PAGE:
©Aaron Johnson, Stux Gallery
© Aaron Johson, courtesy of Stux Gallery

If you’ve read the Spring 2012 edition of Tricycle, I hope you have taken the time to look at the artwork throughout the magazine. There is some incredible work presented here, and over the next couple of months we will be interviewing the artists to get a better sense of the paintings and the process behind their creation.

 

This week, we are presenting an interview with Aaron Johnson, whose work pairs exceptionally well with Aura Glaser’s dharma talk titled “Into the Demon’s Mouth.” His paintings often represent the ugliest of the ugly in our society, but rather than run away or suppress such images and events, he is asking us to be present and engage, just as Glaser does in her article, which begins with an account of Milarepa’s demon problem.

A native of Minnesota, Aaron received a degree in Molecular and Cellular Biology. After a brief stint in Honduras teaching art classes to youth, he moved to New York and began to pursue painting. Influenced by abstract painters such as Jackson Pollock and powerfully affected by the post-9/11 military operations set forth by the Bush regime, Aaron’s work has merged into an amalgam of brilliant colour, content and context. The unique medium and style with which Aaron creates his paintings puts his work on a plane of its own. His reverse-painting process, something that I still don’t quite understand, has often given him the label “mad scientist”—though in person his kindness belies that description.

I found a definite correlation between his experimental style of painting and his academic background, for they both involve detailed inspection, something the Buddha would be able to relate to. In fact, the anatomical and gory representation of the figures in his work reminded me immediately of the Buddha’s teaching on the asubha (foulness) of the body. One sutta in the Majjhima Nikaya, the Kayagata-sati Sutta, comes to mind:

Furthermore, the monk reflects on this very body from the soles of the feet on up, from the crown of the head on down, surrounded by skin and full of various kinds of unclean things: ‘In this body there are head hairs, body hairs, nails, teeth, skin, flesh, tendons, bones, bone marrow, kidneys, heart, liver, pleura, spleen, lungs, large intestines, small intestines, gorge, feces, bile, phlegm, pus, blood, sweat, fat, tears, skin-oil, saliva, mucus, fluid in the joints, urine.’ Just as if a sack with openings at both ends were full of various kinds of grain — wheat, rice, mung beans, kidney beans, sesame seeds, husked rice — and a man with good eyesight, pouring it out, were to reflect, ‘This is wheat. This is rice. These are mung beans. These are kidney beans. These are sesame seeds. This is husked rice’; in the same way, the monk reflects on this very body from the soles of the feet on up, from the crown of the head on down, surrounded by skin and full of various kinds of unclean things: ‘In this body there are head hairs, body hairs, nails, teeth, skin, flesh, tendons, bones, bone marrow, kidneys, heart, liver, pleura, spleen, lungs, large intestines, small intestines, gorge, feces, bile, phlegm, pus, blood, sweat, fat, tears, skin-oil, saliva, mucus, fluid in the joints, urine.’ And as he remains thus heedful, ardent, & resolute, any memories & resolves related to the household life are abandoned, and with their abandoning his mind gathers & settles inwardly, grows unified & centered. This is how a monk develops mindfulness immersed in the body….”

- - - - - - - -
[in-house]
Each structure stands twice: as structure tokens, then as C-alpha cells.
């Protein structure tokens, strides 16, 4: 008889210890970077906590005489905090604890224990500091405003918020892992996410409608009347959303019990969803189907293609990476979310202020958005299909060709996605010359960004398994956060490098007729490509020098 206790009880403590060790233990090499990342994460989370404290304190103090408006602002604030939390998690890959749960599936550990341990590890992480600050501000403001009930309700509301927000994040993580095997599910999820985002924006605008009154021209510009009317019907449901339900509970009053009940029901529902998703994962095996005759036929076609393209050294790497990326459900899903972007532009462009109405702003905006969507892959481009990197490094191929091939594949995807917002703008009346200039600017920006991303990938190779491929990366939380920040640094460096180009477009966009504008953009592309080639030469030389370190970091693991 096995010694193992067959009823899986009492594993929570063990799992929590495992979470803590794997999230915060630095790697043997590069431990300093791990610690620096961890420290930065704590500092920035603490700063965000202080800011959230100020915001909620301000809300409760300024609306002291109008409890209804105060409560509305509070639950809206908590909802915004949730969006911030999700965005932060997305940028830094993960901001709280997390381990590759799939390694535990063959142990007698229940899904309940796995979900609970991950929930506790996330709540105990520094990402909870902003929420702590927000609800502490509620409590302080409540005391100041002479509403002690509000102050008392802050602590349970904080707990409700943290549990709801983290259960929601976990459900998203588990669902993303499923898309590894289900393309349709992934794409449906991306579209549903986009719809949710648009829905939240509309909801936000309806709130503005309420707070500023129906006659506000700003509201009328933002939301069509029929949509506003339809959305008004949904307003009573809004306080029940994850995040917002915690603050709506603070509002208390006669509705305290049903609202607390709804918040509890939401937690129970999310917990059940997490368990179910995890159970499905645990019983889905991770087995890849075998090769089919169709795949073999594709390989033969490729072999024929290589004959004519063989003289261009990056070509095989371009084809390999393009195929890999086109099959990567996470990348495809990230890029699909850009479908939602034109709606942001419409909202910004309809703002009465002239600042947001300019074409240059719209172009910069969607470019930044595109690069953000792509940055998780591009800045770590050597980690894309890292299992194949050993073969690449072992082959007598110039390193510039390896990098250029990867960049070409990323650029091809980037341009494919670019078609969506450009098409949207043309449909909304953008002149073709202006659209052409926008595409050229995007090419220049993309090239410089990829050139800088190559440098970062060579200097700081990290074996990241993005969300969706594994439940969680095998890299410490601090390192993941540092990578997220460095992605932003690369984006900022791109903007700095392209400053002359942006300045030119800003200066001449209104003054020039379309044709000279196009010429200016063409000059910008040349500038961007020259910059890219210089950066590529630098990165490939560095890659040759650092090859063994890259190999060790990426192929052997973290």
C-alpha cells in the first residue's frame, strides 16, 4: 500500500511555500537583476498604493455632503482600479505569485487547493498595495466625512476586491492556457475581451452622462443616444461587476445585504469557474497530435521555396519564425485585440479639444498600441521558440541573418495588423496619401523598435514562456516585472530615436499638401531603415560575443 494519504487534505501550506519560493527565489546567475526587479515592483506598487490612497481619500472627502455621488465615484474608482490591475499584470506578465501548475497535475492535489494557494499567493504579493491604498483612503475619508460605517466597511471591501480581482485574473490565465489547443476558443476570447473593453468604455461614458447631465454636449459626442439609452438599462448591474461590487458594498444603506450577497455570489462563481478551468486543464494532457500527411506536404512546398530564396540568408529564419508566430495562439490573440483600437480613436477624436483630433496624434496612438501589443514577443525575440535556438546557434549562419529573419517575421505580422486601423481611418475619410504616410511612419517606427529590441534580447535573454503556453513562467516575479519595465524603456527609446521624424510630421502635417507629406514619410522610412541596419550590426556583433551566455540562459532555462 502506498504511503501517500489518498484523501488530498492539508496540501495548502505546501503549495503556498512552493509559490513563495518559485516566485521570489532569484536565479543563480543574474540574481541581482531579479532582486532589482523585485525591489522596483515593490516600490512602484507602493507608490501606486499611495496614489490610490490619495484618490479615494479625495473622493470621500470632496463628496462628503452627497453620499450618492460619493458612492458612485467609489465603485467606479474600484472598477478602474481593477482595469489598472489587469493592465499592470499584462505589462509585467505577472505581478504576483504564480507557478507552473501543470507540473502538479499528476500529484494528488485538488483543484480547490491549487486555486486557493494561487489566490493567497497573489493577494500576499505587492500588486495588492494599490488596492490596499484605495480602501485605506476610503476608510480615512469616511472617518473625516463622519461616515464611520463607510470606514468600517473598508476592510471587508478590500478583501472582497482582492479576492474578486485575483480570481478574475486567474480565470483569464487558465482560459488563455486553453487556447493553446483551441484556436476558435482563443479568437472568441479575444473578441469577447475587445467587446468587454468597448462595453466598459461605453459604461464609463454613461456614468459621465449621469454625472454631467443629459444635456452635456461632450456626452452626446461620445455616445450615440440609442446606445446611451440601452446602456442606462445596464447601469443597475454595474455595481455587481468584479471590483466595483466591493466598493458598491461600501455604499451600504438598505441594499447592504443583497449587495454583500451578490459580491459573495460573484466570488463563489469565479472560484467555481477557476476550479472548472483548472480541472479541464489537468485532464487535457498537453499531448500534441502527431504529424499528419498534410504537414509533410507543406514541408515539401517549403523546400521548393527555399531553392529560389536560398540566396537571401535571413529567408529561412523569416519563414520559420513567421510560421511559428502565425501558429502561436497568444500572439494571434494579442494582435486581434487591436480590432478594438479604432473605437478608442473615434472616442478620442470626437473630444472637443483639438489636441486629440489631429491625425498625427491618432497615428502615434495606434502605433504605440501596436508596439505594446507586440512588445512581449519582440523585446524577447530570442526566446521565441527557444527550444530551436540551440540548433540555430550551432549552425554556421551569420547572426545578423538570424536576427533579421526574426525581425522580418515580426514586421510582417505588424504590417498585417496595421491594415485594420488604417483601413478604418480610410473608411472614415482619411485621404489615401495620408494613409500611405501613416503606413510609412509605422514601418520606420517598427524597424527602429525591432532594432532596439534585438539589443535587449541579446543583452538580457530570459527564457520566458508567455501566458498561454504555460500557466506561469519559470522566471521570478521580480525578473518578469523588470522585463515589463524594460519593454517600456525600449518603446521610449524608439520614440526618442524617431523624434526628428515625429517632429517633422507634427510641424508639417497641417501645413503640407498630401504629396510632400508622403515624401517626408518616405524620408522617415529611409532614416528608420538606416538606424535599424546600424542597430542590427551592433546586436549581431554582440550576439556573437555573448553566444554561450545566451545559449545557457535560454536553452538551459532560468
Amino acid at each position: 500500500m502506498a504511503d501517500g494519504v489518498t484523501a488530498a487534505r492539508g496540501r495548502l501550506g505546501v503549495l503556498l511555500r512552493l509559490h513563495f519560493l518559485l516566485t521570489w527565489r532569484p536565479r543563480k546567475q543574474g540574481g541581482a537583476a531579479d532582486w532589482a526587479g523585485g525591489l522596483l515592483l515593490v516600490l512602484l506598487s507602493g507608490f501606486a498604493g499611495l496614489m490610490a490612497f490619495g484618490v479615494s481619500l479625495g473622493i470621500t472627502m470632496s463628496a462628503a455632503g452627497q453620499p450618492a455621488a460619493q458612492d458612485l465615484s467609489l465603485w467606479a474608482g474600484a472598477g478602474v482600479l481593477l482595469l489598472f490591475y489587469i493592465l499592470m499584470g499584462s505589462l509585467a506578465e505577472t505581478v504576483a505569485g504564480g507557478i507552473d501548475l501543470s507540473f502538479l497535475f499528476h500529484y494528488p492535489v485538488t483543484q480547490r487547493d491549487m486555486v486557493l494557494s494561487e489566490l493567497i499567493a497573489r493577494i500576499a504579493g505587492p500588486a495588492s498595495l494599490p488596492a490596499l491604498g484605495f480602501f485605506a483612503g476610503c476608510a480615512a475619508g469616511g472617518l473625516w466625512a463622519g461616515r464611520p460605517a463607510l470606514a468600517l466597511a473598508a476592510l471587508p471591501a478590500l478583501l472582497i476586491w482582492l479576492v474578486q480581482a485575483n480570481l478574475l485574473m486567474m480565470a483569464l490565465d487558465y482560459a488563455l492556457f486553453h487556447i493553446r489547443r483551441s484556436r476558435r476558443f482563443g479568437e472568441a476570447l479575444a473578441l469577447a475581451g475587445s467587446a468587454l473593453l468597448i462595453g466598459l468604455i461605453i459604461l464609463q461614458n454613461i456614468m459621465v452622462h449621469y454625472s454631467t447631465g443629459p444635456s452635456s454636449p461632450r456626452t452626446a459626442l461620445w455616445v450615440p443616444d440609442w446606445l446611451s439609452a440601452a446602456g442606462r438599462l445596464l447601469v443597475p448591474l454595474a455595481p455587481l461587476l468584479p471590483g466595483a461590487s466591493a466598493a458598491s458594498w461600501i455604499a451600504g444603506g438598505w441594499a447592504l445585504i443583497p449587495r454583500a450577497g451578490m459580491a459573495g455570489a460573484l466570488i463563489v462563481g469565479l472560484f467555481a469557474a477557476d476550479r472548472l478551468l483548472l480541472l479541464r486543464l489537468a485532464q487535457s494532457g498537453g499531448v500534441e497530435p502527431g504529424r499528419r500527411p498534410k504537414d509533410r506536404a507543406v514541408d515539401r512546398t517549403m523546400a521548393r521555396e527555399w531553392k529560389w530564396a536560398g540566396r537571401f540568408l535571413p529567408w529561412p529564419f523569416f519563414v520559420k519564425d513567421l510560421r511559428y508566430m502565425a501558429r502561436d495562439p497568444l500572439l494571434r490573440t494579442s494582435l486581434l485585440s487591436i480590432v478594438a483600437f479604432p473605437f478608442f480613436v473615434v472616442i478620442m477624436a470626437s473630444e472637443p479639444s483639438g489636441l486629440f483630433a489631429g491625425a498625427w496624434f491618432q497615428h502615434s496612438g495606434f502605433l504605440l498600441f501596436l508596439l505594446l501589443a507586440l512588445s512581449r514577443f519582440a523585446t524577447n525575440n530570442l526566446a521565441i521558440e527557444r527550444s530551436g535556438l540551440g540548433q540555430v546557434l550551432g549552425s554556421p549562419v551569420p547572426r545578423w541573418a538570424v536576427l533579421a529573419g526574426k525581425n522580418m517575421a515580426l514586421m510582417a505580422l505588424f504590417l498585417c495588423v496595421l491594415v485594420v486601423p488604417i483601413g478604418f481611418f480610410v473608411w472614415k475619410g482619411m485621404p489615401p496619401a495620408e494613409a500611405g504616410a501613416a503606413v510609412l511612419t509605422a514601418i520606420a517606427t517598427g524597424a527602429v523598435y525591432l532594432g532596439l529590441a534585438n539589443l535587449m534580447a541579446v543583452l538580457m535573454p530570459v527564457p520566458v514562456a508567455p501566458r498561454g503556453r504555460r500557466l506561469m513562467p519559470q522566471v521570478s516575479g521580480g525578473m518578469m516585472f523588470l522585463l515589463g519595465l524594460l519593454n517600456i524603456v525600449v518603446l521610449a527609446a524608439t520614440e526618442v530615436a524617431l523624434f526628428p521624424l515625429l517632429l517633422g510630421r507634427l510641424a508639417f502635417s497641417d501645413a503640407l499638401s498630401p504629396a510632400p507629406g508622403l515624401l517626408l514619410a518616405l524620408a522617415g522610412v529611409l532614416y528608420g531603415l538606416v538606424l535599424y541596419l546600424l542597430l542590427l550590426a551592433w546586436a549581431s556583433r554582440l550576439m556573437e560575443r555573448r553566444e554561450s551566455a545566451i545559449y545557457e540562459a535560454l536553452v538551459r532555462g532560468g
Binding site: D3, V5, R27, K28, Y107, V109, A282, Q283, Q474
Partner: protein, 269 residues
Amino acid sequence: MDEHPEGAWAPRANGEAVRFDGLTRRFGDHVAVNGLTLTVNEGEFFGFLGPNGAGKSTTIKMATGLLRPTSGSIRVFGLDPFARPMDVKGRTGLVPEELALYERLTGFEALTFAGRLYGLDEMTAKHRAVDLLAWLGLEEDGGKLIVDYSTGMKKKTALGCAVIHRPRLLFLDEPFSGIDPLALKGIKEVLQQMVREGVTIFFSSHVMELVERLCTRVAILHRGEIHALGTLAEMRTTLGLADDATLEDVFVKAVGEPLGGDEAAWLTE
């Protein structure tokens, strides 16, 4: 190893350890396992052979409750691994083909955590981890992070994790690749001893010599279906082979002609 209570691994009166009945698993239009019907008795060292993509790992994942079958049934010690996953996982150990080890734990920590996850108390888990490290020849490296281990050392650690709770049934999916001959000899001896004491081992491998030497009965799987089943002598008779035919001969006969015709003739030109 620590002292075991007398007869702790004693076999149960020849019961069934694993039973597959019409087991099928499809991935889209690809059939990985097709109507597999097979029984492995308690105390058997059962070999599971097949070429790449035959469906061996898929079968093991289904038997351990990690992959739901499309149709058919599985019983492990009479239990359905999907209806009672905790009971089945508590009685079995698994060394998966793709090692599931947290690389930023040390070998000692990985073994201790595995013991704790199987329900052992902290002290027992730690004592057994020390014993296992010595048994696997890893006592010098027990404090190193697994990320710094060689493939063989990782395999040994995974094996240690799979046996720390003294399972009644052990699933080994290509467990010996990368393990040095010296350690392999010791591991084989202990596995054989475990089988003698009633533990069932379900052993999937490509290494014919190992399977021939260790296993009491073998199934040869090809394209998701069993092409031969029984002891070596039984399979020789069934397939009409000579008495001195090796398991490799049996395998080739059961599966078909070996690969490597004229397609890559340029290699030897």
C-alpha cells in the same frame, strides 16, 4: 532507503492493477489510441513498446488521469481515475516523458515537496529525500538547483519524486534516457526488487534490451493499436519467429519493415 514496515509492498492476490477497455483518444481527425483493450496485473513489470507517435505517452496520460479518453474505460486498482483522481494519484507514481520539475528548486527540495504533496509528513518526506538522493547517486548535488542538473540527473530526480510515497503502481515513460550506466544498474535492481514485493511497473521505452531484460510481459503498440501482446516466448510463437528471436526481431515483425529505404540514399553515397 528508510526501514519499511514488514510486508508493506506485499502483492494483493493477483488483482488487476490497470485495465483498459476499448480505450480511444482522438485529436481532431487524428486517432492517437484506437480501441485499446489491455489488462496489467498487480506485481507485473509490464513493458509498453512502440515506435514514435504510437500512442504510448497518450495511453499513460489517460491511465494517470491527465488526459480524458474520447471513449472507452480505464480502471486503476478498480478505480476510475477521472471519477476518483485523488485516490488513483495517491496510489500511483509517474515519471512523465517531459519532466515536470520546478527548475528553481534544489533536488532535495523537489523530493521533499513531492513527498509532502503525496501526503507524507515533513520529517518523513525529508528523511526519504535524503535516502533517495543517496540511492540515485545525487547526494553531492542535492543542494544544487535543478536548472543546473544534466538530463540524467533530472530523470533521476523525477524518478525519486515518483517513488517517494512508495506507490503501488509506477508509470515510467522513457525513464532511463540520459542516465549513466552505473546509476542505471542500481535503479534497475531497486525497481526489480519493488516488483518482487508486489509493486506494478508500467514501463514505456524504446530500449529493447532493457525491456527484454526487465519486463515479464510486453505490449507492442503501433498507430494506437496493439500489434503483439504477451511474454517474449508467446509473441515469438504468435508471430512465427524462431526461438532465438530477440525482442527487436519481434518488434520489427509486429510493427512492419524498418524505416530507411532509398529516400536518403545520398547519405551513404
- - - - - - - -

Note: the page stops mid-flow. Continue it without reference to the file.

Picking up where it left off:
Aaron Johnson
©Aaron Johnson, courtesy of Stux Gallery

Check out my interview with Aaron, and feel free to post any questions or comments you have. 

 

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